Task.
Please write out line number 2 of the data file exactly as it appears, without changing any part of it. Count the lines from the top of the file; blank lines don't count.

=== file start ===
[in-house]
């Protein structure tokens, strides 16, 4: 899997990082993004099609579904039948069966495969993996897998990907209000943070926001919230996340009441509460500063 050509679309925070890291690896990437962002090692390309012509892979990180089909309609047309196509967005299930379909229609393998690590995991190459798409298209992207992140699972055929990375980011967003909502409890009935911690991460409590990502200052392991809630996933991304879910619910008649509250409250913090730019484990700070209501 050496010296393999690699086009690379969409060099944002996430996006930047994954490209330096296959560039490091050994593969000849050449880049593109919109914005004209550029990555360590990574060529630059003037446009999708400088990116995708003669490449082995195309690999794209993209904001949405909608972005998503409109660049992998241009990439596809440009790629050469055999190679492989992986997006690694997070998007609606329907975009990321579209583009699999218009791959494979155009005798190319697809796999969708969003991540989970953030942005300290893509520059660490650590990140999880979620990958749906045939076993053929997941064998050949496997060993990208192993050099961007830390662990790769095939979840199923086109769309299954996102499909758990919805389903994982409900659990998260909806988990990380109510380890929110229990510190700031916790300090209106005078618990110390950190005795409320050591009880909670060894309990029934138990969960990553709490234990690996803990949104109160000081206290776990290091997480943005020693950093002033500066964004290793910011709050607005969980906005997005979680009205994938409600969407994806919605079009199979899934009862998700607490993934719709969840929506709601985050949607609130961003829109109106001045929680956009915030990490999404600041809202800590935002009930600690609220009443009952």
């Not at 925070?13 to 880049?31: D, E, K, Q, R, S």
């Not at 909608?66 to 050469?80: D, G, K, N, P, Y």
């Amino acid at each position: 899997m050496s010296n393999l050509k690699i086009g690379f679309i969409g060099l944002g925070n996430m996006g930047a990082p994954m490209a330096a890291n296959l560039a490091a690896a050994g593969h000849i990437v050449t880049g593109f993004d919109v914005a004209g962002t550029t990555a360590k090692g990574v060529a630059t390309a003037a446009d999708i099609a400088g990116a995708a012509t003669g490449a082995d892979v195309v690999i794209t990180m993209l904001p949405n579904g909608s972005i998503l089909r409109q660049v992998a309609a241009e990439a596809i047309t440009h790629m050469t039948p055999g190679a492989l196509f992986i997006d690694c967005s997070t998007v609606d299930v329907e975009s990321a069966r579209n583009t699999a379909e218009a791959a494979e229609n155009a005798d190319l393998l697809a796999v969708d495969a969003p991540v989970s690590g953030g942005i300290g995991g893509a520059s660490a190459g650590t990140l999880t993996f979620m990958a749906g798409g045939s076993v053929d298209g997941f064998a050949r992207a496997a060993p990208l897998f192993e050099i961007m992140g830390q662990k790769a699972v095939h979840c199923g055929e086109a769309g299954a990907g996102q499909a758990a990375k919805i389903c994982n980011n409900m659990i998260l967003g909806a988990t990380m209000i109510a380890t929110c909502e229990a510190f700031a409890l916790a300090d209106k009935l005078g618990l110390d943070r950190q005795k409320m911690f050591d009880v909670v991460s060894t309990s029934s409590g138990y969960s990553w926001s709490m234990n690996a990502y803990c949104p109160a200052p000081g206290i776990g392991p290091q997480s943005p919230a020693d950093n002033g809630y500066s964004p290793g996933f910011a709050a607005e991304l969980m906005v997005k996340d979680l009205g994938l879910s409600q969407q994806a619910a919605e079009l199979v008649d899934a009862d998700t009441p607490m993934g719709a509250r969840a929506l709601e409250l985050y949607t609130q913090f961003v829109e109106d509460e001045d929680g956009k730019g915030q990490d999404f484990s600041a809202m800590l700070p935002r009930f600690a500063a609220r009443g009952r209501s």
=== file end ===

């Protein structure tokens, strides 16, 4: 899997990082993004099609579904039948069966495969993996897998990907209000943070926001919230996340009441509460500063 050509679309925070890291690896990437962002090692390309012509892979990180089909309609047309196509967005299930379909229609393998690590995991190459798409298209992207992140699972055929990375980011967003909502409890009935911690991460409590990502200052392991809630996933991304879910619910008649509250409250913090730019484990700070209501 050496010296393999690699086009690379969409060099944002996430996006930047994954490209330096296959560039490091050994593969000849050449880049593109919109914005004209550029990555360590990574060529630059003037446009999708400088990116995708003669490449082995195309690999794209993209904001949405909608972005998503409109660049992998241009990439596809440009790629050469055999190679492989992986997006690694997070998007609606329907975009990321579209583009699999218009791959494979155009005798190319697809796999969708969003991540989970953030942005300290893509520059660490650590990140999880979620990958749906045939076993053929997941064998050949496997060993990208192993050099961007830390662990790769095939979840199923086109769309299954996102499909758990919805389903994982409900659990998260909806988990990380109510380890929110229990510190700031916790300090209106005078618990110390950190005795409320050591009880909670060894309990029934138990969960990553709490234990690996803990949104109160000081206290776990290091997480943005020693950093002033500066964004290793910011709050607005969980906005997005979680009205994938409600969407994806919605079009199979899934009862998700607490993934719709969840929506709601985050949607609130961003829109109106001045929680956009915030990490999404600041809202800590935002009930600690609220009443009952």